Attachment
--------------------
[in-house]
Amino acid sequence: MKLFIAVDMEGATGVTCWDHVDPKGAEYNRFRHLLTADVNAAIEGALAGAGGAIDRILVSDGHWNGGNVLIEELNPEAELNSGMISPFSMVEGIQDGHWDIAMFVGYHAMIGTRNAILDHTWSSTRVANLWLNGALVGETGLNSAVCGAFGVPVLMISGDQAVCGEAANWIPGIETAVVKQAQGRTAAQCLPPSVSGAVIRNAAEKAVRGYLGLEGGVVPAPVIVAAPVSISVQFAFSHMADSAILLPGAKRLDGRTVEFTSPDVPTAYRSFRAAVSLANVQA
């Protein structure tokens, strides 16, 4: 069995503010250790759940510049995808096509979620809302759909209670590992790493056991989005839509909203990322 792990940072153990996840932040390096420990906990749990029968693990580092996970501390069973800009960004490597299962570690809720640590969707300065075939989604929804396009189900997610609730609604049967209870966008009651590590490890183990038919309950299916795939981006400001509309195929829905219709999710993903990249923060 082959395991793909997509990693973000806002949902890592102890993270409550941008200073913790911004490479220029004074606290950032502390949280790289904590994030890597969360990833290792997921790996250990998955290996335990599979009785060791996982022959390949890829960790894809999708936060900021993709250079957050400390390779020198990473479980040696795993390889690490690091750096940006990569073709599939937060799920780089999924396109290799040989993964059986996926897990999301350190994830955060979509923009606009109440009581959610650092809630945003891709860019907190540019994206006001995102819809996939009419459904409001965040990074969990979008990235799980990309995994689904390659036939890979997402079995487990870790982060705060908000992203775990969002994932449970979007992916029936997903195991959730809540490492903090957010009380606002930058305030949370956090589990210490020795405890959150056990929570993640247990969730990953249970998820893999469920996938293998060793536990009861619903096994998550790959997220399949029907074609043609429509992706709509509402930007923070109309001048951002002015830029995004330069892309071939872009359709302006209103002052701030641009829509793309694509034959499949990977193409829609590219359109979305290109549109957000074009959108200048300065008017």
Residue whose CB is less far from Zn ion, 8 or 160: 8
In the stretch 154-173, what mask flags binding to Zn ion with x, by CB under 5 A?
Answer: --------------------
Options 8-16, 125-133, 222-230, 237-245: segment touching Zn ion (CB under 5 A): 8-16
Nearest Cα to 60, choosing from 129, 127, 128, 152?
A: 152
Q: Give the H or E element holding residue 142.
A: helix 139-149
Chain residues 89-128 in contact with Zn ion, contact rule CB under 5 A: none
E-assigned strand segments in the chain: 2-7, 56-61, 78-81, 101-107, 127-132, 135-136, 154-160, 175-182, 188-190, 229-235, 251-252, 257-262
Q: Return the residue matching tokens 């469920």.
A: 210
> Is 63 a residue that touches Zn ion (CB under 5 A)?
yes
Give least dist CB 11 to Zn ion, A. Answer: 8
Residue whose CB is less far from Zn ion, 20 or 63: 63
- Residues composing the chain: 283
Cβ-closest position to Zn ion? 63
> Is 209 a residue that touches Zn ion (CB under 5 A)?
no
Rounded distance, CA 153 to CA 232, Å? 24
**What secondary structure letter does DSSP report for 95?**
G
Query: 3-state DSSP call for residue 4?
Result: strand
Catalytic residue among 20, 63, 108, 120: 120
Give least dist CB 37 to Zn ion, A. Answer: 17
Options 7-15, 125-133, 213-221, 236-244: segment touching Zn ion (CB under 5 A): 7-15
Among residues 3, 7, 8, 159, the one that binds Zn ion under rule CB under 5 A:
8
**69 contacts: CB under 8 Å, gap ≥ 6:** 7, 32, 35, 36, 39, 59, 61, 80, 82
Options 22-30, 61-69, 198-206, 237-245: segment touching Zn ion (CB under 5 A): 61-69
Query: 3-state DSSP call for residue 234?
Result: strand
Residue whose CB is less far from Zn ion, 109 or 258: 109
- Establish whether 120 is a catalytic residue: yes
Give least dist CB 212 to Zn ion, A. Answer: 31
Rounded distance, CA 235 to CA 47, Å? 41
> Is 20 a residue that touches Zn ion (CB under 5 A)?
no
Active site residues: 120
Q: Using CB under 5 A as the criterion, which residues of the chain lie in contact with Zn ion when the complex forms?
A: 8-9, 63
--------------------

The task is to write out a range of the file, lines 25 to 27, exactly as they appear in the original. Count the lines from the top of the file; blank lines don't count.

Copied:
**What secondary structure letter does DSSP report for 95?**
G
Query: 3-state DSSP call for residue 4?